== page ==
You know it’s American-grown when you pick your own

CN-MR-38-2-Dame-Farm6234-768x1024by Kristen M. Castrataro
What do you do when your available farmland decreases by 70 percent in one year, and the remaining 30 percent is half woodlands or stone fields? If you’re Jay, Darlene, Justin and Amy Dame in Johnston, RI, you turn to pick-your-own.
Ancestors of the Dame family, the Browns, have lived on the current farm since the 1840s. At that time, the farm had a few cows but primarily sustained itself as a market garden farm selling to local Mom and Pop stores.
In the early 1890’s, “Granny” Brown married Don Dame, and the farm became known as Dame Farm. Don had a plan to grow peas, but after a year picking rocks and never seeming to get ahead, he gave up. In the 20s, the “boney” soil was planted to apples, and the remaining workable land was used for hay and sweet corn.
In those years, Dame Farm encompassed over 120 acres. Forty acres went with “Granny’s place,” the remainder adjoined it and was home to a dairy farm. The dairy paid the bills. Granny’s place alternated between a starter home for the generation coming along and interim residence for neighbors who needed a place to stay.
In 1968, the “home farm” with the dairy and most of the tillable land was part of a land acquisition designed to create a state park. Dame Brothers, as the business was then known, folded. Don had died, and his estate was being settled around the same time. One brother left to dairy in Vermont. Another had already moved south.
The farmland was divided among the remaining three brothers. One farm was sold to a developer, the other was eventually sold out of the family. Only Granny’s place remained.
As history would have it, the Dames were able to negotiate a rental agreement with the State of Rhode Island for the home farm. From 1972 to 2012, members of the Dame family rented the land to grow sweet corn, hay/straw and mixed vegetables that they primarily sold through their farm stand. In 2012, the Dames and the State of Rhode Island experienced irreconcilable differences regarding a renewal of the lease.
For the first time in over a century, the Dames were neither living on nor working the home farm. Instead of working 120 acres, they were suddenly limited to the 40 acres around Granny’s place. The farm was providing for three families and four generations: Patriarch Jim and his wife Marcia, son Jay and his wife Darlene, and grandson Justin, his wife Amy, and their four children. Their business model had to change fast.
Granny’s place had 17 cleared acres and eight acres planted to peaches, apples and blueberries. They converted the buildings to a farm stand, office and storage facility. To maximize existing resources, they decided to put most of their effort into expanding their multi-crop U-Pick business. To help keep their farm stand customers, they grew vegetables and bought in sweet corn.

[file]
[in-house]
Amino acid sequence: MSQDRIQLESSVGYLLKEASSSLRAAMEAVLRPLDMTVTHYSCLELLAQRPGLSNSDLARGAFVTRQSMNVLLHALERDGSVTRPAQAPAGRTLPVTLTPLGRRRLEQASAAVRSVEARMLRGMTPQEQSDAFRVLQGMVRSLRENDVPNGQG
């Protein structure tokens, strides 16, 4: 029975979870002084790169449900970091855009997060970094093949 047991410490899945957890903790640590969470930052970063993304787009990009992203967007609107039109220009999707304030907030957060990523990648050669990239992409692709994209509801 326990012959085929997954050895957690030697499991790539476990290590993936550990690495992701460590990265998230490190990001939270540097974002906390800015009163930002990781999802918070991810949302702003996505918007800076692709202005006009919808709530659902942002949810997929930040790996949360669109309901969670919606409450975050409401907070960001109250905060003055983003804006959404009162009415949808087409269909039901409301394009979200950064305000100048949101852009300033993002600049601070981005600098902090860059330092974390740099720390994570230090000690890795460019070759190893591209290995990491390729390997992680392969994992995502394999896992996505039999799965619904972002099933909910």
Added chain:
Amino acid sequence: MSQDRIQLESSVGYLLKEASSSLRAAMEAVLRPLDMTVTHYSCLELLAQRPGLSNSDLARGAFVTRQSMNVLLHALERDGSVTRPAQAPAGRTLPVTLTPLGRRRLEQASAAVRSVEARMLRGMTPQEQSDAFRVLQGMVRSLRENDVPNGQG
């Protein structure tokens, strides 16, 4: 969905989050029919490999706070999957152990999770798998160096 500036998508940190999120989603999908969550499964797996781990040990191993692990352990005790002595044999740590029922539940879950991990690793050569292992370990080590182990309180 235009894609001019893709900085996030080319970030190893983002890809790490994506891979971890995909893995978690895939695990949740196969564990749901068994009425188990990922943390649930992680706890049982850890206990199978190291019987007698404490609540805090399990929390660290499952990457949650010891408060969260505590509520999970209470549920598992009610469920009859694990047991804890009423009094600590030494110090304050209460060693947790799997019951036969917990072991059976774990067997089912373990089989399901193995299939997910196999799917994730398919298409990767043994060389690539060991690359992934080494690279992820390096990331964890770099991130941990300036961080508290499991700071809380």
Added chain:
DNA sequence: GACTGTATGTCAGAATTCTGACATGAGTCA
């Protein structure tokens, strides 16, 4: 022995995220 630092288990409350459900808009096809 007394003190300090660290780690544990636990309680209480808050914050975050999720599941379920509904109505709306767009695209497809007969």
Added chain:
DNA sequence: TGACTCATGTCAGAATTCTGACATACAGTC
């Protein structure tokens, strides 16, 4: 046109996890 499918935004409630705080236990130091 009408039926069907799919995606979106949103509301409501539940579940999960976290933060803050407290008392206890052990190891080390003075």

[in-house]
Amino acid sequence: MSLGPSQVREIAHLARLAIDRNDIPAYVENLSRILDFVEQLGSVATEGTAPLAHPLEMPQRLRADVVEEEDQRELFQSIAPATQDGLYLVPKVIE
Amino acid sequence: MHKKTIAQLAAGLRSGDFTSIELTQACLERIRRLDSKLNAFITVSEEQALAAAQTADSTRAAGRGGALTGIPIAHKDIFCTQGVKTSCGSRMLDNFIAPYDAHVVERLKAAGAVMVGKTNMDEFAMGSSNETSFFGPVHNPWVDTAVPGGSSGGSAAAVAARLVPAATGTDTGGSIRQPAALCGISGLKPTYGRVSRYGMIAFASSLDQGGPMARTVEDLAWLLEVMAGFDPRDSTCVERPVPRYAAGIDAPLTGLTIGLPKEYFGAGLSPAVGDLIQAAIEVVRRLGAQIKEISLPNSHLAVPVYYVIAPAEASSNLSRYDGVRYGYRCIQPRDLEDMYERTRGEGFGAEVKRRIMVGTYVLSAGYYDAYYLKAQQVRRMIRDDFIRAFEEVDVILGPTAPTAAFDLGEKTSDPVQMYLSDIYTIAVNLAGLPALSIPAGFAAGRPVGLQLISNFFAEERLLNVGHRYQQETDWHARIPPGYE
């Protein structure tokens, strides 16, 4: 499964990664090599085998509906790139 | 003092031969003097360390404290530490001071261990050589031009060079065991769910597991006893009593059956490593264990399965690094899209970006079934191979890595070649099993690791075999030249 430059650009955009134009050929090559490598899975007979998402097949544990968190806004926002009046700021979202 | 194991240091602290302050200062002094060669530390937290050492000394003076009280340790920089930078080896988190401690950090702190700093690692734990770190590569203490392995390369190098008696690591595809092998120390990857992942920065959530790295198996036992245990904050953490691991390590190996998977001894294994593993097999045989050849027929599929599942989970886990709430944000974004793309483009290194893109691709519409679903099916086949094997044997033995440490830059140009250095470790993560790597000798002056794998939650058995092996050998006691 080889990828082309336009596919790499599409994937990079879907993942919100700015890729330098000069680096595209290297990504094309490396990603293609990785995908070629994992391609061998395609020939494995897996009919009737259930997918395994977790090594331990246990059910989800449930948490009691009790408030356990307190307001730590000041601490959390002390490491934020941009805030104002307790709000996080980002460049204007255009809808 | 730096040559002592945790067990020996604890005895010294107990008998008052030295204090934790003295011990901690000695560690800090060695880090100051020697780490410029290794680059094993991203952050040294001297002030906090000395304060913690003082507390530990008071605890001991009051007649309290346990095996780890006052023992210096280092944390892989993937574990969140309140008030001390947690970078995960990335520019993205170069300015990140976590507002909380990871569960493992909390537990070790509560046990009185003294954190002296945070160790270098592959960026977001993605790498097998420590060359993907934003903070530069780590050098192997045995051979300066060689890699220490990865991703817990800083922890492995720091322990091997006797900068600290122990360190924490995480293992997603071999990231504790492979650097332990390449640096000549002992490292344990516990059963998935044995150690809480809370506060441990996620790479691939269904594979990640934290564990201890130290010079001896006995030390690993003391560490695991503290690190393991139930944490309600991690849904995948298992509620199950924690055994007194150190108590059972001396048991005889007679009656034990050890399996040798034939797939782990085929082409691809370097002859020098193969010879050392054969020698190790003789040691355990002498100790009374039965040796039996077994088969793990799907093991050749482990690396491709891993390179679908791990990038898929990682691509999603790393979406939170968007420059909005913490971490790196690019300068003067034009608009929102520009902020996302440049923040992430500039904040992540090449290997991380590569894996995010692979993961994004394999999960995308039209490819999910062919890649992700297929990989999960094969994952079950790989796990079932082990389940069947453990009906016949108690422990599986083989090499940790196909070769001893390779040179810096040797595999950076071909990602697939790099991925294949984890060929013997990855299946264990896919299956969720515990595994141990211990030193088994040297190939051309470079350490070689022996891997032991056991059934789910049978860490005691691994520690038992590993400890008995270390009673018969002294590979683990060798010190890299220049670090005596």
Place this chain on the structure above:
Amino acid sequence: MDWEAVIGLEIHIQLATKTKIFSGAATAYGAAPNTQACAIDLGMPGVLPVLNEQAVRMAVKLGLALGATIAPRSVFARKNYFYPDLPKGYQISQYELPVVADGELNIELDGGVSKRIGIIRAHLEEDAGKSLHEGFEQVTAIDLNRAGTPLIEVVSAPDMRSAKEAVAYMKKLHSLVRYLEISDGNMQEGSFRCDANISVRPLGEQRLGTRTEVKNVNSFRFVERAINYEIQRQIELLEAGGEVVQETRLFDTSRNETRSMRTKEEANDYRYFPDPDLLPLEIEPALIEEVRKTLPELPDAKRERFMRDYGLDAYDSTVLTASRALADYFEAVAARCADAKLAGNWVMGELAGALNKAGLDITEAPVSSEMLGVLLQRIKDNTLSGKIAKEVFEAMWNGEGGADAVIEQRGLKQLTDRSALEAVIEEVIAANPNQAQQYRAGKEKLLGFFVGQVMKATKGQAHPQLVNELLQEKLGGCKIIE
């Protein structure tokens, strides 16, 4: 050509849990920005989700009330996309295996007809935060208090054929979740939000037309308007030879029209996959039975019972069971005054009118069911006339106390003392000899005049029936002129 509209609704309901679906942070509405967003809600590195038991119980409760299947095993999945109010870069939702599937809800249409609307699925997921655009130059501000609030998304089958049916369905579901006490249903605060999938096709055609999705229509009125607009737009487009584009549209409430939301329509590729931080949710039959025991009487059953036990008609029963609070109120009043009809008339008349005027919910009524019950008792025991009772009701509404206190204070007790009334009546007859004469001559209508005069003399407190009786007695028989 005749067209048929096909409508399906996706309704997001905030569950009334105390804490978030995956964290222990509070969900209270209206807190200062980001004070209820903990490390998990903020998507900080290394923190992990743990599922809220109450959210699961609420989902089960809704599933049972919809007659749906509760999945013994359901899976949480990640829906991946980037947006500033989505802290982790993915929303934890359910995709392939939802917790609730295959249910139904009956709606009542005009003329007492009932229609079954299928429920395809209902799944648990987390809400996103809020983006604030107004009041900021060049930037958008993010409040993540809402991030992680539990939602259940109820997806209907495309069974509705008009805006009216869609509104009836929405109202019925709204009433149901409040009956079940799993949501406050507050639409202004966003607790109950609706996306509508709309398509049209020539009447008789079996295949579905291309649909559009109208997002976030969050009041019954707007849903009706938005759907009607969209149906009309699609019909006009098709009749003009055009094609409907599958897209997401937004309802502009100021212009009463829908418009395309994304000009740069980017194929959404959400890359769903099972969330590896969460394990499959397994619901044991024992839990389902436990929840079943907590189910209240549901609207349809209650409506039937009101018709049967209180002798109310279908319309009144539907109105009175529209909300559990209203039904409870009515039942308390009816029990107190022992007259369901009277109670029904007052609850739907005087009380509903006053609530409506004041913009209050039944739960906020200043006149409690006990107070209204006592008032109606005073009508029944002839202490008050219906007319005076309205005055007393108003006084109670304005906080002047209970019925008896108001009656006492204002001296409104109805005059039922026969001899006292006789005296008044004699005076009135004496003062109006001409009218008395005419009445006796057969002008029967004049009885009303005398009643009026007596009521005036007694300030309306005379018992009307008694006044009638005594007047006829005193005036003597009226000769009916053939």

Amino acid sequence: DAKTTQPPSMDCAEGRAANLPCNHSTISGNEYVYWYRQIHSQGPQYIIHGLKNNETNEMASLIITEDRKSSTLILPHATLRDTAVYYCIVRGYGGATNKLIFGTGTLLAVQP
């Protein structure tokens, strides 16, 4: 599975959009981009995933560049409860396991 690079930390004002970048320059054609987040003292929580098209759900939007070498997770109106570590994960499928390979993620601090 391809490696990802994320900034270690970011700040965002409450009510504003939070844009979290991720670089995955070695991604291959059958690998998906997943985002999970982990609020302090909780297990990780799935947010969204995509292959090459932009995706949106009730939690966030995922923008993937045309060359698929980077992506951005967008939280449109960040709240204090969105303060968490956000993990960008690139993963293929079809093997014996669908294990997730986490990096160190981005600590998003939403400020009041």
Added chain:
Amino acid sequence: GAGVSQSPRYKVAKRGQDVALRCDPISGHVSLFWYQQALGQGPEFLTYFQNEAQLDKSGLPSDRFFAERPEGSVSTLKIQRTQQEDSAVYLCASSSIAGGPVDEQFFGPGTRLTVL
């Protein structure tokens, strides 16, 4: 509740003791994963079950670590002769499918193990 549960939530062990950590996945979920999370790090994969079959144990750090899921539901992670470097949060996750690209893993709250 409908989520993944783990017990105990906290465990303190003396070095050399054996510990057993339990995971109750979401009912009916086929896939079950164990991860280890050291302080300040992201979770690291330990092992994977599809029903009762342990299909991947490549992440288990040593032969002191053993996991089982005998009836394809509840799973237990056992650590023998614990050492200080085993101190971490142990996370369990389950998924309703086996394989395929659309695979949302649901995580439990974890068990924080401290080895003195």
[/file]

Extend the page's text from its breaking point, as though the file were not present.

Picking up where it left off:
Fall was the real heart of the year, though. U-pick apples and pumpkins, wagon rides, a family-friendly corn maze, and the “Bushel Basket Deal” where you fill a bushel basket as high as you can with pumpkins, gourds and winter squash for a set price. The Dame Farm and Orchards became a place “where a family can come and have a good day and take home some quality produce,” says Justin Dame.
Only four years into the transition, the Dames experienced one of the largest weather-related crop failure in their history. This year they lost 100 percent of their peach crop and about 70 percent of the apple crop. The blueberries are a bright spot, “come for blueberries,” Jay jokes.
The expected loss of income prompted some creative thinking. This spring, the Dame’s opened “Sunflower Stroll,” which is paths traversing a three-acre sunflower field and featuring a U-pick sunflower component. The flowers, which will only have about a 10-day harvest window, bloom concurrent with the blueberry harvest. Once the flowers go by, the field is replanted to the annual corn maze.
Agritourism, primarily in the form of school/corporate tours and wagon rides, has played an increasing role in the farm’s business plan. Justin identifies the draw: “Our biggest commodity is the view, not what we grow on it.” Jay adds, “We work hard to make the place aesthetically pleasing.”
To capitalize on the natural beauty, the Dames have designed a new wagon ride route that runs along the “elevated ledges” and offers a scenic overlook of the entire farm, orchards and ponds. They are also installing a small butterfly garden.
The butterfly garden will be attractive for people and pollinators alike, but it also serves as the site of a butterfly release during the Third Annual Harry’s Harvest Memorial Celebration and Family Fun Day. Organized in memory of Harry Eva, Darlene’s brother who succumbed to cancer, the fundraiser will benefit Harry’s widow and children as well as a charity to be determined by his children.
The butterfly may actually be an apt image for this family and this farm, who for generations have transformed themselves and their business in response to changing conditions and opportunities.

2016-08-12T10:20:36+00:00August 12, 2016|Grower East|0 Comments

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